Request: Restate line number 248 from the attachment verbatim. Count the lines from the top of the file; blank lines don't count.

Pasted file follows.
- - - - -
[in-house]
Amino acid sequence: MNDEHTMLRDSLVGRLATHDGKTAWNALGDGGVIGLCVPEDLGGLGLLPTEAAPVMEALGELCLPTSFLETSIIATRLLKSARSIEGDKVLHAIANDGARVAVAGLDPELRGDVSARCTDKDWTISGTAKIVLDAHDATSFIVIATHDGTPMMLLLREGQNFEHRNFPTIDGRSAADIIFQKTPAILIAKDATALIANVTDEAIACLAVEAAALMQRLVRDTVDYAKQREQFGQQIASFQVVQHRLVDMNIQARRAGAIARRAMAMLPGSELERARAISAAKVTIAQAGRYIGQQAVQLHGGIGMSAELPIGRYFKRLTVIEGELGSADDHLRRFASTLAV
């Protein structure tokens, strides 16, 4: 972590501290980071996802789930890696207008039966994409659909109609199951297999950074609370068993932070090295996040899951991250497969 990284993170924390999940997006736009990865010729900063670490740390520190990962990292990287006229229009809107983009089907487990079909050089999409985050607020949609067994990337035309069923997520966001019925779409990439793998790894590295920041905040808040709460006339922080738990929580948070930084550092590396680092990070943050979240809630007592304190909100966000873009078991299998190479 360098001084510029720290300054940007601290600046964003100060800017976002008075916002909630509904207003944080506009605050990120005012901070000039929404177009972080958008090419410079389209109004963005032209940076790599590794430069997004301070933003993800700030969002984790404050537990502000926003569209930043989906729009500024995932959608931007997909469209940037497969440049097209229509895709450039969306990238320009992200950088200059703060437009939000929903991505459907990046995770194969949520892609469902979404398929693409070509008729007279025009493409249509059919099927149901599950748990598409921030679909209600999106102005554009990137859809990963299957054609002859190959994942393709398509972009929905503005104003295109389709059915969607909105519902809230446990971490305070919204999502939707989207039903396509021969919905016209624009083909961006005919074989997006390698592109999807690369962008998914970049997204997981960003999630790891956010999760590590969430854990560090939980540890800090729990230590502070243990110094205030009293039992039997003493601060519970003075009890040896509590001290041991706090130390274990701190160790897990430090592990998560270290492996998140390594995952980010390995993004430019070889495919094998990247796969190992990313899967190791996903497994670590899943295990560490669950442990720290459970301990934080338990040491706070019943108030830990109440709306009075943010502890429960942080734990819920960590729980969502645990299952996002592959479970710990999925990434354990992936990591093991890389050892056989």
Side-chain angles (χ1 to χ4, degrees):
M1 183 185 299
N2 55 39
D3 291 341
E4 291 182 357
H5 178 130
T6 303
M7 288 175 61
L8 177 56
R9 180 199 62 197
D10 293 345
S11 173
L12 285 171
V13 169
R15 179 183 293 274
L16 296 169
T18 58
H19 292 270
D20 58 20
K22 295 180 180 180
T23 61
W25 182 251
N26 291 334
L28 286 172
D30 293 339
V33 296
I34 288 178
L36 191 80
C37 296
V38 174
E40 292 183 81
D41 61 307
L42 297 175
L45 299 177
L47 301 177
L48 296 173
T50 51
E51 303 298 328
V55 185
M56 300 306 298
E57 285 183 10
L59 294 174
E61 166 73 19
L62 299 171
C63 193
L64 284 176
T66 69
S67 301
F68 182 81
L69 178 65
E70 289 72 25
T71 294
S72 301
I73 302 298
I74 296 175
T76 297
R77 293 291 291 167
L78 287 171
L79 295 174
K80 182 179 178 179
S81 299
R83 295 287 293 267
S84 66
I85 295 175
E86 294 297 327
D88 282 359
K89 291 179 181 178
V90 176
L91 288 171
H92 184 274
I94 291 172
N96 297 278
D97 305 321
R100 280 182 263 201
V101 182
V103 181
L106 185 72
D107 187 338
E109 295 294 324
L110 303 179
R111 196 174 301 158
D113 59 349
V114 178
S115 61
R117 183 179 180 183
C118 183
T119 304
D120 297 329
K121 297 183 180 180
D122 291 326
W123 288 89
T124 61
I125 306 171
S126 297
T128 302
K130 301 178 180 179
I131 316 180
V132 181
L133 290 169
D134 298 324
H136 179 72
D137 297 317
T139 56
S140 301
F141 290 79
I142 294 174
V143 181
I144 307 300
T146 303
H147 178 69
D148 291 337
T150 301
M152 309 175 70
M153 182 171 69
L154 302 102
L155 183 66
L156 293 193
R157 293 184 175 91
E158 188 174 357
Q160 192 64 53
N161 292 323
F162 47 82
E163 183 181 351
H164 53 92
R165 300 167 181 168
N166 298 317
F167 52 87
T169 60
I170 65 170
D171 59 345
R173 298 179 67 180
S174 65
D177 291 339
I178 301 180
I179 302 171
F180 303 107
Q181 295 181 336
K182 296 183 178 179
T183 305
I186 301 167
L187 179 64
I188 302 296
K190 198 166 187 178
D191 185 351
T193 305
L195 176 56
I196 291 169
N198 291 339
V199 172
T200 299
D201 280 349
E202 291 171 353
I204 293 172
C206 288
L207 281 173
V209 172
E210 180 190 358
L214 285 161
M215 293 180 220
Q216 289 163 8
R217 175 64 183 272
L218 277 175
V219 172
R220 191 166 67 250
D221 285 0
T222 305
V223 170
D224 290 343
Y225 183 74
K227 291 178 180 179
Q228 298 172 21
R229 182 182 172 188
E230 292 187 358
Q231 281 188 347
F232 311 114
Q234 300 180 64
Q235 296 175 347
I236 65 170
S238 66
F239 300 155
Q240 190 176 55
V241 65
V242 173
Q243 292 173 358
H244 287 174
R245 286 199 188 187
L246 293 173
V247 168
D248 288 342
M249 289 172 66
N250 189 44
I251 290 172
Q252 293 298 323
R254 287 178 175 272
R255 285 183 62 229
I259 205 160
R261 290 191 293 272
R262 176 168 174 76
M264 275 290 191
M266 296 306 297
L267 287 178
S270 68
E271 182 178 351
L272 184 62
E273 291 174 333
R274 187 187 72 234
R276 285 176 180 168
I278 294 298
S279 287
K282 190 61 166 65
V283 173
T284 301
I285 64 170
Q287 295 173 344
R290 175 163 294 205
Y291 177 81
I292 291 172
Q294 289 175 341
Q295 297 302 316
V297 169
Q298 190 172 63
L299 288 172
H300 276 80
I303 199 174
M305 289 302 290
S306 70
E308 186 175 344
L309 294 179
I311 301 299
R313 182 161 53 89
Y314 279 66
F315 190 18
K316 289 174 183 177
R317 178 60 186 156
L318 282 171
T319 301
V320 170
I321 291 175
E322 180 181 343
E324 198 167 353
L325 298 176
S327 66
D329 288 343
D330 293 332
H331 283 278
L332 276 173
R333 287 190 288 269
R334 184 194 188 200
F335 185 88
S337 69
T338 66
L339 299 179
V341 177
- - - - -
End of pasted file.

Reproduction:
H331 283 278